How to Read Your Tank Gauge
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How to Read Your Tank Gauge

By: Whitney Martin, Delivery Dispatcher at Dead River Company

This is the time of year when homeowners in northern New England flip their heating system switch to “on.” Some may not be sure if they need fuel or not. As a delivery dispatcher at Dead River Company, I frequently give quick tutorials on how to read a heating oil or propane tank gauge.

Because fuel consumption varies based on weather, personal preference, occupancy, and home weatherization, the best and easiest way to determine if you need fuel is by reading your tank gauge.

Propane

  • You’ll find the gauge under the black dome on your tank.
  • Look at the big, black numbers on the circular dial.
  • If a propane tank is at or near 65%, a driver typically will not fill that tank to avoid overfilling.
  • Regardless of the size of your propane tank, it’s considered full if the gauge reads 80%. If you’re not on automatic delivery, you’ll want to schedule your next delivery when your tank gauge reads below 25%.

Home Heating Oil

  • You’ll find the gauge on top of the fuel tank, a clear cylindrical dome.
  • Look for the red horizontal line floating in the dome.
  • The amount of fuel left in the tank is indicated by where the red line falls. Once the level is at ¼ of a tank, you should schedule your next delivery if you’re not already on automatic delivery.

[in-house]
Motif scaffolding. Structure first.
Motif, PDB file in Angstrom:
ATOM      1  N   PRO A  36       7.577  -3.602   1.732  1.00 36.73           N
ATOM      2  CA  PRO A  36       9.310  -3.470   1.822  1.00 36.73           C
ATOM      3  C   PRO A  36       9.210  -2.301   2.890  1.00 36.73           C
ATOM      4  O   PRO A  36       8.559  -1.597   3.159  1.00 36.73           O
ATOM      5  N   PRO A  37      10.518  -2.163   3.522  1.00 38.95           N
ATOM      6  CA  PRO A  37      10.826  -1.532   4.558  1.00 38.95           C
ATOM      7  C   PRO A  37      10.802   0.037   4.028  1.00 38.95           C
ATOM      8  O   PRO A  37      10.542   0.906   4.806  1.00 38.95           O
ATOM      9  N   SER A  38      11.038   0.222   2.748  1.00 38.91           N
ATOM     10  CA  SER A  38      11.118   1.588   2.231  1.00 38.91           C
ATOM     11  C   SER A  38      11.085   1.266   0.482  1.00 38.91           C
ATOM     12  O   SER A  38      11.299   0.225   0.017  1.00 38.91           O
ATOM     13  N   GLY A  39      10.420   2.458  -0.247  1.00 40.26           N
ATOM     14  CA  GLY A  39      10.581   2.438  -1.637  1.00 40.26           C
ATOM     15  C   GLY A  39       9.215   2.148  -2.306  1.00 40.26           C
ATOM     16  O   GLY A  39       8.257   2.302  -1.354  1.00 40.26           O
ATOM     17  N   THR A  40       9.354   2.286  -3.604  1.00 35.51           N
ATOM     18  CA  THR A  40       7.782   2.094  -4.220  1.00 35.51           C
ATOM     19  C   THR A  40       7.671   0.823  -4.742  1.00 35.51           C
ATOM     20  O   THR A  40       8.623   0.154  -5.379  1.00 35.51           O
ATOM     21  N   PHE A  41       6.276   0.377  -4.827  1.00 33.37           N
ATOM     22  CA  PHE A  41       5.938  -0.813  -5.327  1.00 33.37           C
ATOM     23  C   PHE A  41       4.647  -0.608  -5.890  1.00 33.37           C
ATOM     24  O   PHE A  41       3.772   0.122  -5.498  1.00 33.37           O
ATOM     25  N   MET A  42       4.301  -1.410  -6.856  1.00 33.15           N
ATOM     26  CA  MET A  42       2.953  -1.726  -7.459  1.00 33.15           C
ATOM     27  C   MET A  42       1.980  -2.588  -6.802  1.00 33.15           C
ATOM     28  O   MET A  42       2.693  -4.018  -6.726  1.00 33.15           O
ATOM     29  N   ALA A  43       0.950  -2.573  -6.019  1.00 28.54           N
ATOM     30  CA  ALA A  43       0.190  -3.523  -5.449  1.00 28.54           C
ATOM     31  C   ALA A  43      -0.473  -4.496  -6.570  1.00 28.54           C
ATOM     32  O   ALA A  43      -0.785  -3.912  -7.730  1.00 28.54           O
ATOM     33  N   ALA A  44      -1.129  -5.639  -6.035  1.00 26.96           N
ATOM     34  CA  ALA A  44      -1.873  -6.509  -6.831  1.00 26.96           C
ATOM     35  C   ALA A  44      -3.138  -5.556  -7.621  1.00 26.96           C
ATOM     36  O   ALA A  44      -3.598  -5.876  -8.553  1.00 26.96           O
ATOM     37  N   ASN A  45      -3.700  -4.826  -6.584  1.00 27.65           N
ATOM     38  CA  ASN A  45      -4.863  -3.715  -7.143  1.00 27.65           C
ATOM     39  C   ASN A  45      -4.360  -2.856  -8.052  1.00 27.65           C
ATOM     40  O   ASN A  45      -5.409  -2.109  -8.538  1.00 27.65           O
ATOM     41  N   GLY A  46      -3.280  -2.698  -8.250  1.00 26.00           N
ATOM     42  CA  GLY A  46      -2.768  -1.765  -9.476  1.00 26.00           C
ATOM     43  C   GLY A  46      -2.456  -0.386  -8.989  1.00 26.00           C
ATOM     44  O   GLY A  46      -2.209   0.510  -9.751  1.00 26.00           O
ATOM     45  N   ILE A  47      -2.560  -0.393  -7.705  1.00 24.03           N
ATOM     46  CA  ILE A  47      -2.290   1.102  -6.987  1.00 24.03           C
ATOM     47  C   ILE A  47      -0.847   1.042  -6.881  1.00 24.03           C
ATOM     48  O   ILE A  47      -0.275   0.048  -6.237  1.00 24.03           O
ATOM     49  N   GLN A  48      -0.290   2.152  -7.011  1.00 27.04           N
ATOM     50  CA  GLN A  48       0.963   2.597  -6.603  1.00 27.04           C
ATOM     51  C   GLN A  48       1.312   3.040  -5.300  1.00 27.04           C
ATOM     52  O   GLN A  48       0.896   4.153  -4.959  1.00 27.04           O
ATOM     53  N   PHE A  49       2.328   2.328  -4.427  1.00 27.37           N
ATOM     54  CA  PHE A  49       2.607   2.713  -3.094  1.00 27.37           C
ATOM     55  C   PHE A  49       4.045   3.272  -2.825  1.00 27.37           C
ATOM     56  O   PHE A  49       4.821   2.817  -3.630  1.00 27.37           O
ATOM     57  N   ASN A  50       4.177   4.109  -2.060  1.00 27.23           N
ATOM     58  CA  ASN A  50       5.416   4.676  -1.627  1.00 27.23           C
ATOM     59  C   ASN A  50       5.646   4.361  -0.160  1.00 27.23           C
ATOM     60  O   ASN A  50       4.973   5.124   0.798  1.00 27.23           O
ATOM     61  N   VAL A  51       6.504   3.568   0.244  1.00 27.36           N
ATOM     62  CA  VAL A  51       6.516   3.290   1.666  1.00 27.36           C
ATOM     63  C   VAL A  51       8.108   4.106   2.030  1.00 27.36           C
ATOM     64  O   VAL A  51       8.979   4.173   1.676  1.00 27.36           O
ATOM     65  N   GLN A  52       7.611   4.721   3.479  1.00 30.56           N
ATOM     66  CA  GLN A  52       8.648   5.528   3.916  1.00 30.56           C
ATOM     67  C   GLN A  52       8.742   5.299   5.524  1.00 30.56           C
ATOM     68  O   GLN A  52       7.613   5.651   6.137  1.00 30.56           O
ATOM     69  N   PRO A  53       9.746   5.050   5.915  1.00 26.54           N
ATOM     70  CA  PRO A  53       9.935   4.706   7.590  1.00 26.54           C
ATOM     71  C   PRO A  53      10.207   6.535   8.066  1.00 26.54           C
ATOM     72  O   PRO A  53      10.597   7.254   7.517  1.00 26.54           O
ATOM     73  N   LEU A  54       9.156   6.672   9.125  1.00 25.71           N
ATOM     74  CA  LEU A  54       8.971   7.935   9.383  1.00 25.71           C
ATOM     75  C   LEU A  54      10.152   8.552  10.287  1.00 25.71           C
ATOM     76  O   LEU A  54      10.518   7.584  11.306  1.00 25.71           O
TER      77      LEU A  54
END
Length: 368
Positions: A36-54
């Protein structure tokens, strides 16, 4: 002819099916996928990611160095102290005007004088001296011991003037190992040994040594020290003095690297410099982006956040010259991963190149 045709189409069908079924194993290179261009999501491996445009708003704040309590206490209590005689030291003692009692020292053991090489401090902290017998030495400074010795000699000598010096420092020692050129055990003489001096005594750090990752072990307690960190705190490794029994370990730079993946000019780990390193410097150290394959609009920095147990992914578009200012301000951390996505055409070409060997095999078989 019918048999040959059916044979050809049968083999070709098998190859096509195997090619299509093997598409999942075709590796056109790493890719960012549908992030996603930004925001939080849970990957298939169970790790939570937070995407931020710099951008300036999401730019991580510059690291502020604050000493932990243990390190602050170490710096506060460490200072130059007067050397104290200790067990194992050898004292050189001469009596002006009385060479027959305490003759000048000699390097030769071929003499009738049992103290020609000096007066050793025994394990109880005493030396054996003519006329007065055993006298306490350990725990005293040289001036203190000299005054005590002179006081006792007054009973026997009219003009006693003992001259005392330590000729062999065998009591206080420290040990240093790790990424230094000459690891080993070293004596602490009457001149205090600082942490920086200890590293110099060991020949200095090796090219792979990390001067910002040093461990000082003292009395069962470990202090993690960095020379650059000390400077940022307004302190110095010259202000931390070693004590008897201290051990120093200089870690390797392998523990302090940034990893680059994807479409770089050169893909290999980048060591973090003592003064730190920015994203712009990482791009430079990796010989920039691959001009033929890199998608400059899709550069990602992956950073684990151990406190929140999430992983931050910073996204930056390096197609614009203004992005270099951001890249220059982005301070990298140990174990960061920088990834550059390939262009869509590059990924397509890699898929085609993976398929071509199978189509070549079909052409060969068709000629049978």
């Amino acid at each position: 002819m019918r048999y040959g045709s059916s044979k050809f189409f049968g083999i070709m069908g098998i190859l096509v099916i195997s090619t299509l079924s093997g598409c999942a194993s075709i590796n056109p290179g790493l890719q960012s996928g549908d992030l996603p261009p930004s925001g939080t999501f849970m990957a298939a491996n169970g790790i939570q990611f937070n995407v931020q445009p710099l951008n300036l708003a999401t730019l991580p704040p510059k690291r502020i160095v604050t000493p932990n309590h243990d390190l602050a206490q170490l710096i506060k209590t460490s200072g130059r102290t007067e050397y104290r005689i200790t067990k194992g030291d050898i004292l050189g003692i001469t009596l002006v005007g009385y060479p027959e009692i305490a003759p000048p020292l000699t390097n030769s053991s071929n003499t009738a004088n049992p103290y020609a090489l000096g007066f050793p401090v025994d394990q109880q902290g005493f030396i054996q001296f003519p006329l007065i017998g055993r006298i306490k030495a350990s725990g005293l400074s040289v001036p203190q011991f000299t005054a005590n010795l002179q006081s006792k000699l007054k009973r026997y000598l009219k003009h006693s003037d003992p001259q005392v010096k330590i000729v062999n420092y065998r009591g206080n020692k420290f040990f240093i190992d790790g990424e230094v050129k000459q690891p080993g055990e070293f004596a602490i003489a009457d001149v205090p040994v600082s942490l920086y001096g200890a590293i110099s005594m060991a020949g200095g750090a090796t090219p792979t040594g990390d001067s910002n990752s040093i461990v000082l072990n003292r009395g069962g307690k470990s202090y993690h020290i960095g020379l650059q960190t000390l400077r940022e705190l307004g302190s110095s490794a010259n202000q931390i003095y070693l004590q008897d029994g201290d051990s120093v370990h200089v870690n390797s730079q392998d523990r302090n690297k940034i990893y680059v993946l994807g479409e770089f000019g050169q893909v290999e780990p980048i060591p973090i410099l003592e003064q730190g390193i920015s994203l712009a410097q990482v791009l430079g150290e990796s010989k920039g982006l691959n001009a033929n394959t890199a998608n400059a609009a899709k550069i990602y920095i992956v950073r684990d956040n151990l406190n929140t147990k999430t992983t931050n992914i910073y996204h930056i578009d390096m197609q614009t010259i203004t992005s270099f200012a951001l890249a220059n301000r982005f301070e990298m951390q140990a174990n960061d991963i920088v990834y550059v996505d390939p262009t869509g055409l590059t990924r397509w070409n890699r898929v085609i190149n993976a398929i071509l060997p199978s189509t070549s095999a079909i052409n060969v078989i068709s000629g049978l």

In case you’re wondering how many gallons you have in your tank based on the reading, below is a chart showing approximate number of gallons in the tank by gauge level and tank size.

PROPANE
Tank Size Tank Gauge Reading
  25% 50% 65% 80% (Full)
28 gallon tank 7 14 18 22
58 gallon tank 15 29 38 46
118 gallon tank 30 59 77 94
120 gallon tank 30 60 78 96
250 gallon tank 63 125 163 200
325 gallon tank 81 163 211 260
500 gallon tank 125 250 325 400
1000 gallon tank 250 500 650 800

 

HEATING OIL
Tank Size Tank Gauge Reading
  1/4 1/2 3/4 Full
275 gallon tank 60 120 180 240
330 gallon tank 75 150 225 300
550 gallon tank 120 240 360 480

 

If you ever have questions about reading your tank gauge or any other aspect of your home heating system, you can always call your local Dead River Company office and someone will help you.